Yes. I think it’s more a drama with thriller elements than a thriller in itself. And it’s also a dance film, because we have ballet and dancing, and music is very present in the film. And also the actress that plays the mother of Elina is a famous pop singer, Camille, who is very popular in France. And Chilla is one of the emerging female rappers on the French scene. So we have a cool mix of all these worlds together and we really hope to reach the audiences of 15 to 25. We are struggling to find a distributor for this film, but we haven’t found one yet. Everyone is telling me that the people of this age are not going to the cinemas anymore. Saying that means we don’t need to make films for them anymore. My goal is to make a film that this target group will go and watch the film, because it’s a quality film. I think it’s a smart film and it’s a film that will talk to them, because they will relate to the characters, especially the girls. Because every single girl that I talk to has an experience that was very intimate with another girl when she was younger. I really feel that lots of young people can relate to this story.

 

I’m not so sure, if young people don’t go to the cinema anymore.

Yes, but because we don’t have a star… I mean, we do have Chilla, and Carmen Kassovitz who is playing the ballerina, she was one the lead in a very popular web series that is now going to TV – she is a super actress. I’m rather sure she will explode. She is the daughter of Matthew Kassovitz and she is very talented. And the young actress that plays Elina, the Finnish girl, it will be her first film. She didn’t act before and she is a singer initially. But everyone was shocked how good and confident she was from day one. Every producer wants to make a film and discover new emerging actresses that become a star and I feel that in this film we have spotted two girls that have the potential to be huge.

 

How did you find your co-producers?

The Finnish co-producer, she was the one who produced the short films of our Finnish director, Aino Suni. The producer originally produced two previous shorts of the director, and my company was the distributor and the sales agent of the two short films. We created a bond and we invited them to come to Cannes Film Festival, because my company is based in Cannes. Usually we invite our partners, co-producers and friends from the industry to stay in my house and in the house of my parents and my partner, so we create sort of international family. Actually, it was sure that we would co-produce this film, because Aino Suni was the bond already between us. And for the German co-producer, Frauke Kolbmüller of Oma Inge Film from Hamburg, she met my partner David at a festival in Australia where they were in the jury together. But for two or three other projects I’ve been trying to co-produce with the people that I met in my group at EAVE.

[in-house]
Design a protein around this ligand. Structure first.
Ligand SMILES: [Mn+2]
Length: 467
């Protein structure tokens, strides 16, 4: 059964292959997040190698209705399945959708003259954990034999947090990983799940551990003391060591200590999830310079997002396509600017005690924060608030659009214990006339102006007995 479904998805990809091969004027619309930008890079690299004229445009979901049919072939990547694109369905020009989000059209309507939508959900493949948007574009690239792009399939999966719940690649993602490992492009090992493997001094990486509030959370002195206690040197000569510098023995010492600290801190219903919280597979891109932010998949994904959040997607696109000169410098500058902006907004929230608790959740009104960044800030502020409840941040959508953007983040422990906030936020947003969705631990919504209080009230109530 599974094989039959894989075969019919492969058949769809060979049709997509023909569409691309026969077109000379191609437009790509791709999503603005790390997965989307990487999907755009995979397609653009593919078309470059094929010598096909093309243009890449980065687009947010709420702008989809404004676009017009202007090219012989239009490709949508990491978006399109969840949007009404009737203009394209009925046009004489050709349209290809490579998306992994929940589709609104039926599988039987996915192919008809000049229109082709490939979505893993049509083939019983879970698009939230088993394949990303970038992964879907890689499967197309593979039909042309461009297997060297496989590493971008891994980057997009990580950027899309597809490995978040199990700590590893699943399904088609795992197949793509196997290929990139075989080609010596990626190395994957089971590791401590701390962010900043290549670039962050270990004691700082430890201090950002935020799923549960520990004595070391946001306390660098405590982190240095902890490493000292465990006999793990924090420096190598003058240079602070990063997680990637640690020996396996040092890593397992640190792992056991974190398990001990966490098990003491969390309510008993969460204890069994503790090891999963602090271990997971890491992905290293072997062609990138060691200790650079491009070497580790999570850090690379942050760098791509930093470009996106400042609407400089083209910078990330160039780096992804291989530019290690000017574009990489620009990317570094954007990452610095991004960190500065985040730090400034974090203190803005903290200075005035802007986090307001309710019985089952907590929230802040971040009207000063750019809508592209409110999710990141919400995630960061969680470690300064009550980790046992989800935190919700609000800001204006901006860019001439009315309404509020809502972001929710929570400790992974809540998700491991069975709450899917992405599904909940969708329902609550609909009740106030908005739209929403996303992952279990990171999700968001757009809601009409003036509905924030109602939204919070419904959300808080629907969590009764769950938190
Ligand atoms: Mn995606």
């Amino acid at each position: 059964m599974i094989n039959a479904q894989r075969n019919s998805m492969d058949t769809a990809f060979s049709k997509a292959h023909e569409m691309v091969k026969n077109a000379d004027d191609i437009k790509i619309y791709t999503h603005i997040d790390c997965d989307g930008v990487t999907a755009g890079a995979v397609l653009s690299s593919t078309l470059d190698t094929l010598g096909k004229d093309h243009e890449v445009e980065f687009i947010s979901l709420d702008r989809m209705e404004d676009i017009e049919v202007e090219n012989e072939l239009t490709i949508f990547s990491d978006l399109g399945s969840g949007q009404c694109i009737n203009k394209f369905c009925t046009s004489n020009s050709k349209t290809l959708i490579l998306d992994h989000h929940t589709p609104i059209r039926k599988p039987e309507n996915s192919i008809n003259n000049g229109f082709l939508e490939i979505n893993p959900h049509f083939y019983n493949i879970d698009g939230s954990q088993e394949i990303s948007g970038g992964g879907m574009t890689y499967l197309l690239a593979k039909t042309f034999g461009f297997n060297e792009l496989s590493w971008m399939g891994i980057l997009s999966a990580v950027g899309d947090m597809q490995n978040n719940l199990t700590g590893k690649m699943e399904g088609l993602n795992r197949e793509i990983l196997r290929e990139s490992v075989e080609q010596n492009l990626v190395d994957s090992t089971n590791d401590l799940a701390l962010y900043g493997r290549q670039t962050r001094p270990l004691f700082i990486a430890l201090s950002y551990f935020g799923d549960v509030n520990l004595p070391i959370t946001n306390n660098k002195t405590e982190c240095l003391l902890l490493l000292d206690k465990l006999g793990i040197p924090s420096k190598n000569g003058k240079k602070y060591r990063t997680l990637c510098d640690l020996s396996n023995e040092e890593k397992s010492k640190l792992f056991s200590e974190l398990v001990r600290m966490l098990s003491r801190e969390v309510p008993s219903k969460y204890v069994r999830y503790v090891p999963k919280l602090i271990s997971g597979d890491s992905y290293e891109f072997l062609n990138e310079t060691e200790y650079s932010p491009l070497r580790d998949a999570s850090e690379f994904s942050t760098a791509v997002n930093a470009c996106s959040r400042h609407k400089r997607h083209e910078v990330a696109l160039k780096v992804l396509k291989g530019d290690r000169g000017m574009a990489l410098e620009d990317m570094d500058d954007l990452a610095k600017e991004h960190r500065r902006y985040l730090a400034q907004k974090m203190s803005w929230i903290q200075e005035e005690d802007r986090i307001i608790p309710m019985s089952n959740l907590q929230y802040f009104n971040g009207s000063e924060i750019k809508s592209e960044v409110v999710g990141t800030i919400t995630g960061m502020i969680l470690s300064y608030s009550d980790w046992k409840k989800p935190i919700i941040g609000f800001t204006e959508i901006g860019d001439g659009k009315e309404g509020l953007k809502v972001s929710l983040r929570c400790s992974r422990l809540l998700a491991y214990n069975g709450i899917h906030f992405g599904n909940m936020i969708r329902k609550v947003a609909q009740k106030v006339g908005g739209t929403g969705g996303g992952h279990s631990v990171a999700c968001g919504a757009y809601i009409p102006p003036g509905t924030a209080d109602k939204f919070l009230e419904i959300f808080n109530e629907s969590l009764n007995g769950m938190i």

What impact had EAVE on this project?

For sure we would not have done the film if I did not go to EAVE. I think I would’ve dropped the project, because we were reaching a point when something was missing that it would make the project interesting. We had the dance component, but the music was not as present as it is now. At EAVE we had some marketing training defining what’s important for the project, so we had to write some key words on a paper. And then in a way the Hip-hop universe stood out and we realised it’s something we need to go more into. Hip-hop is not the number one style of music in the world, but it is extremely popular. Films about Hip-hop, have lots of success, like Get Rich or Die Trying’, 8-Mile. And we do have a Hip-hop female rapper, that’s pretty rare. So I said ok. Now instead of wasting time to send the script to the actors, I’ll try to find the music team.

 

So with EAVE you sharpened the role of the music in the film?